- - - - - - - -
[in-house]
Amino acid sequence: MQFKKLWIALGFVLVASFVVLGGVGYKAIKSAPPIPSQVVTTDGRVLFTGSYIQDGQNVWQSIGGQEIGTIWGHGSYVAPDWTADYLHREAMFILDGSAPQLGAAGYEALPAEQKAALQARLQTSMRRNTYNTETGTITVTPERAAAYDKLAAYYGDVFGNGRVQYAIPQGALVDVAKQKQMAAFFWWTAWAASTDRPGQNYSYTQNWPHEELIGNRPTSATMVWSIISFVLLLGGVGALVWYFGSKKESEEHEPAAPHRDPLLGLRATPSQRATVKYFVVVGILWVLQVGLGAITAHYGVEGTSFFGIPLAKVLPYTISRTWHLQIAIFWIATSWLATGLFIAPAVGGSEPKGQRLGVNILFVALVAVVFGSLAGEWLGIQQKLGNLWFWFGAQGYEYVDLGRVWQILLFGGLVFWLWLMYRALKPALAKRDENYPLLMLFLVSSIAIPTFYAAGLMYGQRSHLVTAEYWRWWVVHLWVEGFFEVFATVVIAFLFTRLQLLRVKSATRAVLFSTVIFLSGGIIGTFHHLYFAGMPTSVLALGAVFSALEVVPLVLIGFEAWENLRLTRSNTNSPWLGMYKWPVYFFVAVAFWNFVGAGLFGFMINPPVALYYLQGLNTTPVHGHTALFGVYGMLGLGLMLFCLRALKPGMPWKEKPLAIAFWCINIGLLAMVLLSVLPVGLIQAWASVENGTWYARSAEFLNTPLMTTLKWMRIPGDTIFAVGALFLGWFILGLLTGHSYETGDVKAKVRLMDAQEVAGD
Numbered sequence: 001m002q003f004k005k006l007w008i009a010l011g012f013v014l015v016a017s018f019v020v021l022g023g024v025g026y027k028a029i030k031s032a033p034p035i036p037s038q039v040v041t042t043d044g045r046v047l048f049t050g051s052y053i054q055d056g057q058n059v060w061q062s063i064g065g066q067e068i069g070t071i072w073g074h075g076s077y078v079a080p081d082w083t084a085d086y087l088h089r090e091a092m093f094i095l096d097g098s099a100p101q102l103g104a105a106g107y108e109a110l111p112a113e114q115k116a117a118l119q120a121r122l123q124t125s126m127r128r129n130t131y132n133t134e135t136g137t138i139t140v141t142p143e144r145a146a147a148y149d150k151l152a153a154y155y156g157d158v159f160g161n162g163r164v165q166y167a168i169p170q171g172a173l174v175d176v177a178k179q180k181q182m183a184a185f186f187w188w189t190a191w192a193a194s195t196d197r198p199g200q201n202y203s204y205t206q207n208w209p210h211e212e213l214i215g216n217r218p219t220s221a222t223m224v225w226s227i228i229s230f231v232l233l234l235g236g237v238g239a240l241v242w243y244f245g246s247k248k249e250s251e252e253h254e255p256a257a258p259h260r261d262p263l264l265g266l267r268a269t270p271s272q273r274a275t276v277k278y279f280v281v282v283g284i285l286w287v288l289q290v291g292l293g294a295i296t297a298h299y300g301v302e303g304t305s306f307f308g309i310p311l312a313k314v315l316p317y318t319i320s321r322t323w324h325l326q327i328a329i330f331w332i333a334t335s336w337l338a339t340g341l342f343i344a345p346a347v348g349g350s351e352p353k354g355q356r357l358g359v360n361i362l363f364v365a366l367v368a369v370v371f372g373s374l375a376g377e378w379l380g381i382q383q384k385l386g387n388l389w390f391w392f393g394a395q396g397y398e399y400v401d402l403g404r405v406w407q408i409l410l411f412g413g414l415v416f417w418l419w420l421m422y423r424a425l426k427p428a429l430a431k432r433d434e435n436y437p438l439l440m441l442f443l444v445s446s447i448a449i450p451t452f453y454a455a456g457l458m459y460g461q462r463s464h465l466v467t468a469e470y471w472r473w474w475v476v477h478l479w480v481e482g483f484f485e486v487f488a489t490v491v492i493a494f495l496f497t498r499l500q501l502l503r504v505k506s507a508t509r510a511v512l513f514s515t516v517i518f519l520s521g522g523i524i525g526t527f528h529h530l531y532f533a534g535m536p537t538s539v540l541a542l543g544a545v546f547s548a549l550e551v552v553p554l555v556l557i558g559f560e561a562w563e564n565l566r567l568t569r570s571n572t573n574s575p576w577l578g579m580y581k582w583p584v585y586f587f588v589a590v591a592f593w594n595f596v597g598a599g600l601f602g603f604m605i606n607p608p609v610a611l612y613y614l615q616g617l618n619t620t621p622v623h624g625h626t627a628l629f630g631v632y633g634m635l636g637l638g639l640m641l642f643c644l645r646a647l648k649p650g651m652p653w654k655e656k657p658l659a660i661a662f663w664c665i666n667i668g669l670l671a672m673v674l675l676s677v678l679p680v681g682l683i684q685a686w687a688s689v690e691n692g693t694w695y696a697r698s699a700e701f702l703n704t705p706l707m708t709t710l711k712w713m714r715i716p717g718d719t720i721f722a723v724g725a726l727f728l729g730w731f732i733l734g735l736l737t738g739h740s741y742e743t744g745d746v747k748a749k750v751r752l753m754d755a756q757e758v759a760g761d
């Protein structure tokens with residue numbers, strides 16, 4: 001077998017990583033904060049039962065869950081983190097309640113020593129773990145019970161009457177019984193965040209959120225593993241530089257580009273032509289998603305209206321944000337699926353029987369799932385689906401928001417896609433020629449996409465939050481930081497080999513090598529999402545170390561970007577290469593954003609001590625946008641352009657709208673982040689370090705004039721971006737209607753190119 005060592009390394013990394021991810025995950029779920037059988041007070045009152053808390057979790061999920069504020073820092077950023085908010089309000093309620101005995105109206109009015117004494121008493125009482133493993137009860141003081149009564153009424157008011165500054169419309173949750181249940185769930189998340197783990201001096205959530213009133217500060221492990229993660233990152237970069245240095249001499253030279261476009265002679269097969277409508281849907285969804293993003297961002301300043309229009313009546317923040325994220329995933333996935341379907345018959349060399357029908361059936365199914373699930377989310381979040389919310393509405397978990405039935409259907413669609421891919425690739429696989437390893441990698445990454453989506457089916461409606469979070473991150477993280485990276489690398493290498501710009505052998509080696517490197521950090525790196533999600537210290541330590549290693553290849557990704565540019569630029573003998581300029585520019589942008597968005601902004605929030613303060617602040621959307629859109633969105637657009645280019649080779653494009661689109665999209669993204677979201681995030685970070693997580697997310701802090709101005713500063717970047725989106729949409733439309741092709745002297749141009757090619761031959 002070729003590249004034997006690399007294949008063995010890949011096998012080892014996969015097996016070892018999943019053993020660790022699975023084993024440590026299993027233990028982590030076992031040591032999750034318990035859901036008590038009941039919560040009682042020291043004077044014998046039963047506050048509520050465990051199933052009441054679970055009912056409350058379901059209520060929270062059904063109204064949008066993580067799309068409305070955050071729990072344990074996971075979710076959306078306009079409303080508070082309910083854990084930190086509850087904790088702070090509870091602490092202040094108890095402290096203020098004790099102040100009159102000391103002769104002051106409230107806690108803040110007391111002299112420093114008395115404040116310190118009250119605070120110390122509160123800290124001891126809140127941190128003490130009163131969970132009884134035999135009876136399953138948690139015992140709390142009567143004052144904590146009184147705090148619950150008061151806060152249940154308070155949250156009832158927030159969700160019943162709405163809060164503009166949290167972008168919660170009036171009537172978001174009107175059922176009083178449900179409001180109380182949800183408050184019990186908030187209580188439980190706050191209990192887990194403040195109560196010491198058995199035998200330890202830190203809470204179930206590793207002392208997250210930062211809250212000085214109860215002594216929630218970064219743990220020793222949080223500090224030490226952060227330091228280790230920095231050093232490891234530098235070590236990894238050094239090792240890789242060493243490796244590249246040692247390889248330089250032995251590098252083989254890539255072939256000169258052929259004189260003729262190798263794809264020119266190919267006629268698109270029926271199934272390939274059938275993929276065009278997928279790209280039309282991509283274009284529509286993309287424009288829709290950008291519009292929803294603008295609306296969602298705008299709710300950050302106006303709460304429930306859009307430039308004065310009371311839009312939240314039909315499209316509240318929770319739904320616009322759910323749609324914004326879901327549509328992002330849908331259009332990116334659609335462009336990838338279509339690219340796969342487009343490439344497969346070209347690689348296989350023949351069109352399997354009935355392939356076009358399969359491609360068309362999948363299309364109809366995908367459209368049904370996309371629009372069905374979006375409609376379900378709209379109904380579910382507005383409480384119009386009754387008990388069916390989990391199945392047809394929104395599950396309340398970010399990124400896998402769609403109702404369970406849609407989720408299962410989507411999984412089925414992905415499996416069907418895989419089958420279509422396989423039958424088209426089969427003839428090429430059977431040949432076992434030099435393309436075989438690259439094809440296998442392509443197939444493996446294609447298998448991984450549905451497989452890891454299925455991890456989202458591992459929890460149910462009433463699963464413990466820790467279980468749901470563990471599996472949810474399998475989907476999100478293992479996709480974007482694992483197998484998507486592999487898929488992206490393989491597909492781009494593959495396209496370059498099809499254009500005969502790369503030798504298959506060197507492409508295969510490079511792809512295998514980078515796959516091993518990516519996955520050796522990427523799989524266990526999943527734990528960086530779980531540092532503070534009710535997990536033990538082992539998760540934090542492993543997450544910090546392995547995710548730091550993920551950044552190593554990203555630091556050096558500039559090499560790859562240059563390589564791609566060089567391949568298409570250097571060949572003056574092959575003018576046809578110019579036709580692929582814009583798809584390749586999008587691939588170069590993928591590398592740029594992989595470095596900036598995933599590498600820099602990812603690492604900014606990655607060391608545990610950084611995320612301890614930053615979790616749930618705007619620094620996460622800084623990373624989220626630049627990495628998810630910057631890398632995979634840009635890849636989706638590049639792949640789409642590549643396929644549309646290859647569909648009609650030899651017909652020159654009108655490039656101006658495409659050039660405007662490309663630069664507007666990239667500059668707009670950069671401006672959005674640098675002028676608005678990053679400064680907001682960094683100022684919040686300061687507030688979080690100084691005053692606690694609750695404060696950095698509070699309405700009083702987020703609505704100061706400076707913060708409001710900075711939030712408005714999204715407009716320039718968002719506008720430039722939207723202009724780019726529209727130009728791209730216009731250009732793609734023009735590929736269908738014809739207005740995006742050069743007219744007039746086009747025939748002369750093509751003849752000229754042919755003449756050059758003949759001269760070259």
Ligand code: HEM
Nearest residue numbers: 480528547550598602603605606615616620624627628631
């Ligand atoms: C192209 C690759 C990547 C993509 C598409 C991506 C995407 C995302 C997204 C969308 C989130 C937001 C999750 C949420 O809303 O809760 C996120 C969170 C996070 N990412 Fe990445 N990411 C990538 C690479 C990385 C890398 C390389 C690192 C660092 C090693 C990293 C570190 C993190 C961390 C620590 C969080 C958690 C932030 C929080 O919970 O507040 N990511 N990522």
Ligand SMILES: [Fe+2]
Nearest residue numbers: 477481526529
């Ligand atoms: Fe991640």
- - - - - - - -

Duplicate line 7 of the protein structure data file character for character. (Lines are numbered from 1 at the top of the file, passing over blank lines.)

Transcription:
């Ligand atoms: C192209 C690759 C990547 C993509 C598409 C991506 C995407 C995302 C997204 C969308 C989130 C937001 C999750 C949420 O809303 O809760 C996120 C969170 C996070 N990412 Fe990445 N990411 C990538 C690479 C990385 C890398 C390389 C690192 C660092 C090693 C990293 C570190 C993190 C961390 C620590 C969080 C958690 C932030 C929080 O919970 O507040 N990511 N990522």